The rocket bodies 48 to be tested are initially manually applied to the adapters or holders 44 (Fig. 3) by a person, here. calledan operator, when the index table 22 is arrest between intermittent movements thereof. The holder 44 with the rocket body 48 initially applied thereto is then advanced by the index table 22 to the mechanism 24 which automatically connects a rotary motor 66 to the rocketbodyf48 androtates the latter to-cause it tobe secured by threads to the adapter or holder 44 in fluid tight relation therewith. This operation takes place whilev index; table 22 isat rest between steps in the movement thereof;

At the next station, therocket body 48, whichhas been previously applied touthe adapter or holder 44, is in registration with the filler means 25 which fills the rocket body 48 with. oil. -Filling mechanism 25 is shown in Fig.. lot the drawings, and it includes-a valve controlled filling. nozzle through which testing fluid is introduced into the. rocket bodies 48.

At the next station of rest .of the index table 22, the holding and testing mechanism 23 registers with the ram 1 27 .inrthe press 21 and ram27 is moved to actuate the testing'rnechanism 23 toapply an intense force on the rocket. body48. When the test has been successfully concluded, the zmai'king mechanism, not shown, is operated to apply a suitable mark to the outside of the rocketbody to indicate that the body withstood or passed the? test.

Atthe next station in the movement of the index table 22, .the rocket body 48 is-engaged by a mechanism similar to mechanism 24 which causes the rocket body 48 to' be-' rotated in a direction to unscrew it from the adapter or holder 44 so that at a subsequent stage in the operation of the index table 22 the rocket body '48 can be removed from the apparatus.

The hydraulic press 21 and index table 22 employed in the apparatus 20 isshownand described in Patent No. 2,512,731 toCecil B; Adams, dated June 27, 1950, and since, perse, they form no part of the present invention, further; description of their construction is omitted. It is sufficient to state that this mechanism operates to cause a cycle including the advance and retraction of the ran-127, then one increment of movement of index table 22'while the ram 27 is in its retracted position. The increment ofmovement of index table 22 is followed by another advance and retractive movement of the ram 27 and then the index table 22 moves another increment. These operations are continued automatically until the operation ofthe press is interrupted either manually or by automatic control means'not shown here.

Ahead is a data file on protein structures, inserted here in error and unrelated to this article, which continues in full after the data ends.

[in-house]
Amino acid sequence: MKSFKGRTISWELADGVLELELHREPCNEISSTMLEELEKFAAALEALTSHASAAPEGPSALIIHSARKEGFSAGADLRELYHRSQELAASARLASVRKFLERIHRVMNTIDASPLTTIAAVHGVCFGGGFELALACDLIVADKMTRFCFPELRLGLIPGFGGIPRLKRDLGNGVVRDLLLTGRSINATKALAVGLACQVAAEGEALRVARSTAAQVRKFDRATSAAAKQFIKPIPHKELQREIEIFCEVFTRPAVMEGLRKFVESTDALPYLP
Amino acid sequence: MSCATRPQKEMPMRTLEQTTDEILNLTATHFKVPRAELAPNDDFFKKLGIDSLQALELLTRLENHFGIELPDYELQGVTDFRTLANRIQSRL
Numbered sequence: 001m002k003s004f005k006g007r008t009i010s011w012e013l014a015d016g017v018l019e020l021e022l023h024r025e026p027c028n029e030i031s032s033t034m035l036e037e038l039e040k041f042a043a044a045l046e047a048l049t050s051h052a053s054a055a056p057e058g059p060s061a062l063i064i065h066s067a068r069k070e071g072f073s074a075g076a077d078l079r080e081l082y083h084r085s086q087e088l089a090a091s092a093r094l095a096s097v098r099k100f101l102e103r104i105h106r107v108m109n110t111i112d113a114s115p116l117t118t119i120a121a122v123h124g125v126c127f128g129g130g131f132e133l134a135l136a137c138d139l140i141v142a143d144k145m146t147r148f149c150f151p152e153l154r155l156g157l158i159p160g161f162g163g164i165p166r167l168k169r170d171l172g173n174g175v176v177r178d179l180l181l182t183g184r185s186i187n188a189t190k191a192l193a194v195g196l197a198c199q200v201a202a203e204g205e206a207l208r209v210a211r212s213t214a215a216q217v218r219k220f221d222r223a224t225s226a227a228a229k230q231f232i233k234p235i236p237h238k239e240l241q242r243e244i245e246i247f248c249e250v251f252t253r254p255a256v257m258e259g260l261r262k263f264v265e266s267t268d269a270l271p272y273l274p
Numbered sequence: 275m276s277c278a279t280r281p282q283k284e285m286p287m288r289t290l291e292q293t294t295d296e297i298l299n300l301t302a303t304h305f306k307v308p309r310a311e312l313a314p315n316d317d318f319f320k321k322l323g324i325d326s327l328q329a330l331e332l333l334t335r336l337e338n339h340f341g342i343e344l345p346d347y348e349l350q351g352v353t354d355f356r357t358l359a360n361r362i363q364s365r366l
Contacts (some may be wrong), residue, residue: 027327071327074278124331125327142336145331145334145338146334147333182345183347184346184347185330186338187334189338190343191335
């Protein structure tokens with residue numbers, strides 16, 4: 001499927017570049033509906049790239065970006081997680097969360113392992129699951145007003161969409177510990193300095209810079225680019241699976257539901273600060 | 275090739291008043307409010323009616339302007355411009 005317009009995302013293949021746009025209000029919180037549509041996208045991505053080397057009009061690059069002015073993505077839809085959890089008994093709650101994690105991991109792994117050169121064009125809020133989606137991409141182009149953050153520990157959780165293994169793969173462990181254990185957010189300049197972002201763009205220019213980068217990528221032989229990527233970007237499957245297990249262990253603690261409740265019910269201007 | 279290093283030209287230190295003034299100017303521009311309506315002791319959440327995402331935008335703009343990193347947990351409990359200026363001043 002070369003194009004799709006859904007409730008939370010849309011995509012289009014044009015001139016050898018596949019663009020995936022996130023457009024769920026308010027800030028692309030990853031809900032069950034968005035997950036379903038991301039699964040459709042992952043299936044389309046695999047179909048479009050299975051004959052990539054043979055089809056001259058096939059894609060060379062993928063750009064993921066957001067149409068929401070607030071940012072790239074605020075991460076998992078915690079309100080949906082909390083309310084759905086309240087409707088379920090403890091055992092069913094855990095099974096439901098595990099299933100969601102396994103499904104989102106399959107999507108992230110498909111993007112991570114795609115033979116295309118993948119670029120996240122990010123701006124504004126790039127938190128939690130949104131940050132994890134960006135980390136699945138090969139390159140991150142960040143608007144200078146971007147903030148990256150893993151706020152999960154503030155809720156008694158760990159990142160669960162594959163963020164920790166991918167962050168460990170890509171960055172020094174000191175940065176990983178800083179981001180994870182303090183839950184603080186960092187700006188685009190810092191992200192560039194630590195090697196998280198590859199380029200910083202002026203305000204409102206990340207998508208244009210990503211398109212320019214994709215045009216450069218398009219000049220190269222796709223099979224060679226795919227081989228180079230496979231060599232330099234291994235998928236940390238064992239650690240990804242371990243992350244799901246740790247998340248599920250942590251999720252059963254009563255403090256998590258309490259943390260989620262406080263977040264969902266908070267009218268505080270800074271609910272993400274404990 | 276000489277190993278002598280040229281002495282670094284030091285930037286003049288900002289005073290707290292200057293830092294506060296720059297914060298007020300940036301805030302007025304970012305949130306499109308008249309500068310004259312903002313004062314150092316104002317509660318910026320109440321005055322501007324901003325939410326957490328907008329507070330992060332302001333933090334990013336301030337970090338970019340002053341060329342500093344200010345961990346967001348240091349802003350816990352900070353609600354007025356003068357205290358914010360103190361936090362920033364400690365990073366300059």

As previously mentioned, the index table 22 is provided at spaced stations thereon with the rocket body holding and testing mechanisms23. Since the holding and test that to test 'a rocke't body 48, it isnecessary to apply it asvsnao Mechanism 24 includes a fluid motor 66 which is mounted for vertical sliding'movement as at 67 on the side of the press frame. The mounting means of fluid motor 66 is connected to an air motor 68 and is reciprocated vertically by the piston 70 and stem 71 thereof. Shaft 72 of fluid motor 66 is connected by a coupling 73' with the shaft 74 of-a rotary chucking device 75. Chucking device 75 is employed to connect the rocket body 48 separably to the fluid motor 66 so that rotary movement may be imparted by the motor 66 to the rocket body 48 thereby to thread it onto the adapter or holder 44 of the holding mechanism 23. When the rocket body 48 is applied to the holding mechanism 23, it is initially threaded onto the adapter or holder 44 thereof about onehalf turn and, when it is advanced into registration with the mechanism 24, it is connected by the chucking mechanism 75 with the fluid motor 66 and the threading of .the rocket body 48 onto the adapter or holder 44 is completed. g